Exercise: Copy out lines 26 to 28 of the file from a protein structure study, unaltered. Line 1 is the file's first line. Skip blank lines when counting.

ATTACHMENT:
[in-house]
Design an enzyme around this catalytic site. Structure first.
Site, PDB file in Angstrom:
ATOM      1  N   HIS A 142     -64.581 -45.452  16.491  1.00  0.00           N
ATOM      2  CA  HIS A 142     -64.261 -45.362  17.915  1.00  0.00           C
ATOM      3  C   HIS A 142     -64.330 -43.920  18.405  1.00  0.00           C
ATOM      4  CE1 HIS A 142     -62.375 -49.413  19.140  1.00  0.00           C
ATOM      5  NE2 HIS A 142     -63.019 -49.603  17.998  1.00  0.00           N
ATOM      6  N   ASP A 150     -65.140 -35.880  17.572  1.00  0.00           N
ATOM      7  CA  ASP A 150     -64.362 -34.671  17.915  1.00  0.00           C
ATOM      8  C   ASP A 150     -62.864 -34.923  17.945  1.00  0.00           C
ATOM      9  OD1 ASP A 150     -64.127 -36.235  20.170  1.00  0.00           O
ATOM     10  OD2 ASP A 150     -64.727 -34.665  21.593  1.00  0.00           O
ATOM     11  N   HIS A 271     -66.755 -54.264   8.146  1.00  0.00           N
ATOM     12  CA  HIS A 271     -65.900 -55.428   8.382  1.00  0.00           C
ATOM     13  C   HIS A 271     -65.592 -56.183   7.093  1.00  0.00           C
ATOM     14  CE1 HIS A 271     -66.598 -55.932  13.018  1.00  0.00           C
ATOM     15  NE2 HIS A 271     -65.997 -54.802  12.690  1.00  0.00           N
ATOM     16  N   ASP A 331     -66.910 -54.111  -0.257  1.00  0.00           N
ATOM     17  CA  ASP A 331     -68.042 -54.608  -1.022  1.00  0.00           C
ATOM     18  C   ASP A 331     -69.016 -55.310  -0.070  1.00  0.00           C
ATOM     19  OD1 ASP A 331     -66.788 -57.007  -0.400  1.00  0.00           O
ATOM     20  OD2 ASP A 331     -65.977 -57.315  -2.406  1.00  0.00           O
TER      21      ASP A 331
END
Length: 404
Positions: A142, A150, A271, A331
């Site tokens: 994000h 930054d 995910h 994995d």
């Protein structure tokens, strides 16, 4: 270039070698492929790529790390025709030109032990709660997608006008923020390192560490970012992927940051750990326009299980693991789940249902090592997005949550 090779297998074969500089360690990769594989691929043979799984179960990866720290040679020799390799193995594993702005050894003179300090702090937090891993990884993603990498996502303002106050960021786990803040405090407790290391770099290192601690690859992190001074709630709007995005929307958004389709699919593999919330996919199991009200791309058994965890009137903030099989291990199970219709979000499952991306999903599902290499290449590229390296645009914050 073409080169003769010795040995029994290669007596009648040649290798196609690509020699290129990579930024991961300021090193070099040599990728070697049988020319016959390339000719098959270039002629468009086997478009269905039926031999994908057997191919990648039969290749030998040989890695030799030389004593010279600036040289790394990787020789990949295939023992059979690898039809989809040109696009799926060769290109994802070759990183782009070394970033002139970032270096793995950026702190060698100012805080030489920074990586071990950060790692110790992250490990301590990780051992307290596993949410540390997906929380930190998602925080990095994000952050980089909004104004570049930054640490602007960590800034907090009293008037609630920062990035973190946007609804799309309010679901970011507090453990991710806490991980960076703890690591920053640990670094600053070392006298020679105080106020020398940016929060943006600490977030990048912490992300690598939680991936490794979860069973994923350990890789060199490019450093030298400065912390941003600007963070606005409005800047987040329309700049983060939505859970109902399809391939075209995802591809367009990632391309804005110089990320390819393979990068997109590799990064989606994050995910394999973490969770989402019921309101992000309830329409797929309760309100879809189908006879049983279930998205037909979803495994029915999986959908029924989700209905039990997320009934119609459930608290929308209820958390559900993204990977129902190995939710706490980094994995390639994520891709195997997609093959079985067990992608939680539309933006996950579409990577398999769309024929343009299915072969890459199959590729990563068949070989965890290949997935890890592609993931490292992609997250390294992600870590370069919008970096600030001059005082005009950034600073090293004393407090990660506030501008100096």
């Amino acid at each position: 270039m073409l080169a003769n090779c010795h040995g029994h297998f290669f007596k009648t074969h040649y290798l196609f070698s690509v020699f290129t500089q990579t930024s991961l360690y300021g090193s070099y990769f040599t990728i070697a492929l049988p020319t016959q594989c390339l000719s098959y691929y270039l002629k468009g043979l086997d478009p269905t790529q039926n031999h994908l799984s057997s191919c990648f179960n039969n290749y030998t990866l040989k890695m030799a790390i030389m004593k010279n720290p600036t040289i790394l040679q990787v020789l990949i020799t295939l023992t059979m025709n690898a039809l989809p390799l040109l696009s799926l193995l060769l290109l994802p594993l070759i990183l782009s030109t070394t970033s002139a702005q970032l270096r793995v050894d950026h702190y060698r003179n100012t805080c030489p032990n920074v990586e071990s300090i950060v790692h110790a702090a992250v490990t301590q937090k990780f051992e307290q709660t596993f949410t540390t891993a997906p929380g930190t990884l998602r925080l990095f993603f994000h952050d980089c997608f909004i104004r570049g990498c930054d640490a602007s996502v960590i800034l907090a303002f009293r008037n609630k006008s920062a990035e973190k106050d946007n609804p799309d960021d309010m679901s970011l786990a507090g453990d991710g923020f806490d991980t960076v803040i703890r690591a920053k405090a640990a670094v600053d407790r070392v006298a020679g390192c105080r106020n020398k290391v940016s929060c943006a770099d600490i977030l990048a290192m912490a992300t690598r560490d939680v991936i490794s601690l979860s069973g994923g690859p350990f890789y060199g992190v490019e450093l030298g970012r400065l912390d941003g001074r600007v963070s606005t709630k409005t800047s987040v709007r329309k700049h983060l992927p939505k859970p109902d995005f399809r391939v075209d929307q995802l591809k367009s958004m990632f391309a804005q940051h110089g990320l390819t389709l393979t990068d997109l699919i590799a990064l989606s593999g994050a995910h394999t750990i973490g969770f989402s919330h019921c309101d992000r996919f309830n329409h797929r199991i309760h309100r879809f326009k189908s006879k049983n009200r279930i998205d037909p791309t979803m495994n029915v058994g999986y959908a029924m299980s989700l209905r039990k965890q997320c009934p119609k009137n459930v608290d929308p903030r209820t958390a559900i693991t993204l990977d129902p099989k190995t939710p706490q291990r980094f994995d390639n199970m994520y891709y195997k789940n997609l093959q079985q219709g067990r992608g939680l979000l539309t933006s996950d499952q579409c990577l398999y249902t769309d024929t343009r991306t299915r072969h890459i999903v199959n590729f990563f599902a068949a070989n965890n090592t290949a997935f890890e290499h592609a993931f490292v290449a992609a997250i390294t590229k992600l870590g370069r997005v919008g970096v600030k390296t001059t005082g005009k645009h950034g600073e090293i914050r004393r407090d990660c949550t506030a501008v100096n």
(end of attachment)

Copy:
Length: 404
Positions: A142, A150, A271, A331
């Site tokens: 994000h 930054d 995910h 994995d």